The National, Friday, May 13, 2011
A system will soon be introduced into Wewak to remediate waste and generate revenue for the town commission writes GABRIEL FITO
THE Wewak Urban Level Government in East Sepik is embarking on a new waste management system called the plasma waste converter (PWC) system for the coastal township.
The accumulation of waste is a big problem in the municipalities across the country including Wewak and mayor Peter Saun is concerned that with the sudden increase in the population of Wewak, the volume of waste generated each day was becoming unbearable.
The current dump site at Mongniol also could not hold anymore and as a result the mayor fears a rise in health related problems for squatters living at the dump area and the general population of Wewak.
Following this concern the Wewak Town Commission has engaged an engineer from East Sepik to carry out a feasibility study to ascertain the type and volume of waste generated per day in the town and the local communities.
At small ceremony at the Wewak Town Commission office in early February, the mayor presented a cheque of K50, 000 to local engineer Thompson Benguma in front of ward councillors, council employees and the general public.
The payment was to finance the feasibility study which commenced immediately thereafter and is now nearing completion.
The study covered government offices, industrial areas, business houses, local communities, individual households, the general hospital and other places where rubbish are generated.
The exercise is expected to conclude this month with the South Seas Tuna Loining factory but already the findings has indicated that over 10 tonnes of waste is generated each day in Wewak.
Benguma thanked Saun and the commission for have the trust and confidence in him to carry out a feasibility study and introduce a technology which will not only remediate waste but generate revenue for the commission.
Commission employee, Micheal Kabaru, the man tasked to address the problem of waste in the town, said he had been looking for a way or a technology to effectively manage waste in Wewak but to no avail.
A number of proposals were submitted to him but did not look convincing.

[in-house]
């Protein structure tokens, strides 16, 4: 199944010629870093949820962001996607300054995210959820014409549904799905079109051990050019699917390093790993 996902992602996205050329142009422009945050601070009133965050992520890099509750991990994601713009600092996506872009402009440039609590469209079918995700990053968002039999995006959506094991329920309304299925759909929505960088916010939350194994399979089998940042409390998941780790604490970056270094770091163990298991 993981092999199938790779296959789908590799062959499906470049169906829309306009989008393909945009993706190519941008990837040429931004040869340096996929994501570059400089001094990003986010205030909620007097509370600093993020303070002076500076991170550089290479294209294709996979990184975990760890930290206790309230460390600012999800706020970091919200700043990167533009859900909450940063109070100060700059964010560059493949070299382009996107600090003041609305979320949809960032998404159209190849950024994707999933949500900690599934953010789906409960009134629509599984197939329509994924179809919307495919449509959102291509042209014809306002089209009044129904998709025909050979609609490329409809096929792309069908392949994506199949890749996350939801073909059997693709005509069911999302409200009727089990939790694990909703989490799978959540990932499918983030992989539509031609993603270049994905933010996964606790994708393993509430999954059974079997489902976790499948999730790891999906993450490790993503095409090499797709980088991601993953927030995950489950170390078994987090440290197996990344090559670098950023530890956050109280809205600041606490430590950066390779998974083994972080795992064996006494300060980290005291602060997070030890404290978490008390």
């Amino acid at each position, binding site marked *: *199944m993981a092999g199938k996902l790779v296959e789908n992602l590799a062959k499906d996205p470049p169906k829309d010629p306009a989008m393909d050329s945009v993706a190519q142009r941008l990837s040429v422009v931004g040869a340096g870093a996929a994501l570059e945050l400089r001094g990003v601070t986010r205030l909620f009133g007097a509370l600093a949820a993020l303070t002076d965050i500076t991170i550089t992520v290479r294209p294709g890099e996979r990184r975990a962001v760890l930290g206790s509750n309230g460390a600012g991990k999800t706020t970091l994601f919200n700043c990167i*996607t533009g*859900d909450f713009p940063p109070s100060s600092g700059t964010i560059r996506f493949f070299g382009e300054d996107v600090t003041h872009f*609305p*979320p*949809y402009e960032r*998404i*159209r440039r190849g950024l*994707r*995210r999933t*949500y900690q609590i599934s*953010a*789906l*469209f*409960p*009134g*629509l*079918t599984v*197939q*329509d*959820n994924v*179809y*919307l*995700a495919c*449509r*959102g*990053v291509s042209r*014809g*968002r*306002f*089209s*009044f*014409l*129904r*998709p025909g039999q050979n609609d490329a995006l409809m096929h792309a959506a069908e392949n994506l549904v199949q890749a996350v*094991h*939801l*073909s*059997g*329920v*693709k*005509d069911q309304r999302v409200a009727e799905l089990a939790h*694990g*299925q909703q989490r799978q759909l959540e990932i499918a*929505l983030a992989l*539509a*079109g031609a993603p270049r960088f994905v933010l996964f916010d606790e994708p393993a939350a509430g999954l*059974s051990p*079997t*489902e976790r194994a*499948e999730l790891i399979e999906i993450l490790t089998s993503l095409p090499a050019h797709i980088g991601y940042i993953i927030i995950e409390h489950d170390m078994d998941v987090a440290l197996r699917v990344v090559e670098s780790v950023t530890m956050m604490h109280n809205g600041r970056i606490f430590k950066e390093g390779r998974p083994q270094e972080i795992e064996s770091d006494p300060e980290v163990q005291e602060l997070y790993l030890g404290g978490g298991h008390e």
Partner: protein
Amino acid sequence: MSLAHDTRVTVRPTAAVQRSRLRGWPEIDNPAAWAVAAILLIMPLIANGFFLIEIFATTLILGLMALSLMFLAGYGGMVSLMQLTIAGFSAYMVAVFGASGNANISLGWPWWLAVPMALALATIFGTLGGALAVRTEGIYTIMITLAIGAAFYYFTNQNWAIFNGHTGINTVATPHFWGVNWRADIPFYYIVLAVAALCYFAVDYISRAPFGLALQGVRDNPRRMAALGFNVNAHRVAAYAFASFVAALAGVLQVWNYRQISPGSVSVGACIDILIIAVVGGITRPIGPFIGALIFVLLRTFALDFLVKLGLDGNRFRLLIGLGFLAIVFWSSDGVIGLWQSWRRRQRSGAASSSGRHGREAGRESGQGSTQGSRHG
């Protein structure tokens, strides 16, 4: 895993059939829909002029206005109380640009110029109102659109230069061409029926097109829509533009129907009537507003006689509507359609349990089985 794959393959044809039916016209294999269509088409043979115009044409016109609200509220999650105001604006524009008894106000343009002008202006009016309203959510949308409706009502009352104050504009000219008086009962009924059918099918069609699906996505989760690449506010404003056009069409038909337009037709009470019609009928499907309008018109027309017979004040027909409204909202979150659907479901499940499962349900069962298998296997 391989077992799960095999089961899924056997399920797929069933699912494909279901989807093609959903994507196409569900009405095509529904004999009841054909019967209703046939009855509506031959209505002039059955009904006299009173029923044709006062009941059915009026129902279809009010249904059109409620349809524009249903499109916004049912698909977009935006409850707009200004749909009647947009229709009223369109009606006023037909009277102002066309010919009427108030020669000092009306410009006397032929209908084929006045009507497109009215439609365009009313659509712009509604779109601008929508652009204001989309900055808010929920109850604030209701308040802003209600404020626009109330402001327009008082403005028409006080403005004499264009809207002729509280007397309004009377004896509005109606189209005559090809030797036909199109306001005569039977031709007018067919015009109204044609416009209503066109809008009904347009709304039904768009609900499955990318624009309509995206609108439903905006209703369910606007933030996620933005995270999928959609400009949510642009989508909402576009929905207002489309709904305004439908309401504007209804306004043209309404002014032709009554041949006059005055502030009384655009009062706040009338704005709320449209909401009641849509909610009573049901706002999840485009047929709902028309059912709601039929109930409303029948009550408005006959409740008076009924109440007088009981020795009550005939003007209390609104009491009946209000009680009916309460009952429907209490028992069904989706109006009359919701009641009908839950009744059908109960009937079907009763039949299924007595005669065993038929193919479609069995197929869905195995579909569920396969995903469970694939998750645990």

Finally a proposal was submitted by Benguma on the plasma waste converter system to remediate waste effectively and efficiently.
Benguma said he was looking at remediating the waste in Wewak through the plasma waste converter (PWC) system designed and produced in the United States of America.
The PWC is a closed loop elemental waste recycling system that converts waste into useful commodities by a process of molecular dissociation and reforms it into two useful commodities such as synthesis gas and solids in the form of metals or silicates.
The PWC can remediate organic, in-organic, hazardous, non-hazardous waste, company specialty waste, e-waste, medical waste etc. It is capable of handling solid, liquid and gaseous waste simultaneously. Any aerosols, waste particulates in the gas are fed back into the system via the cyclone filter which is why the system is known as closed loop.
The byproducts resulting from processing waste have high value and will generate income for the council. Metals can be sold to metal recycling while silicates can be sold as construction and road base materials. The synthesis gas on the other hand can be sold for domestic and industrial heating and cooling needs.
The gas which is not a molecule has free hydrogen and carbon therefore the hydrogen can be extracted for use as fuel.
Benguma is also planning to use the gas to run motor vehicles or convert into methanol for use to produce bio-diesel.
The plasma waste converter system has its roots in the Kyoto Protocol. It is not only a low carbon footprint but a zero carbon footprint and addresses the climate change and green house gas issues.
The project is Clean Development Mechanism approved and once certified carbon credit funds will be paid to the council for as long as the system is operational. The PWC has no moving parts and therefore requires very little maintenance.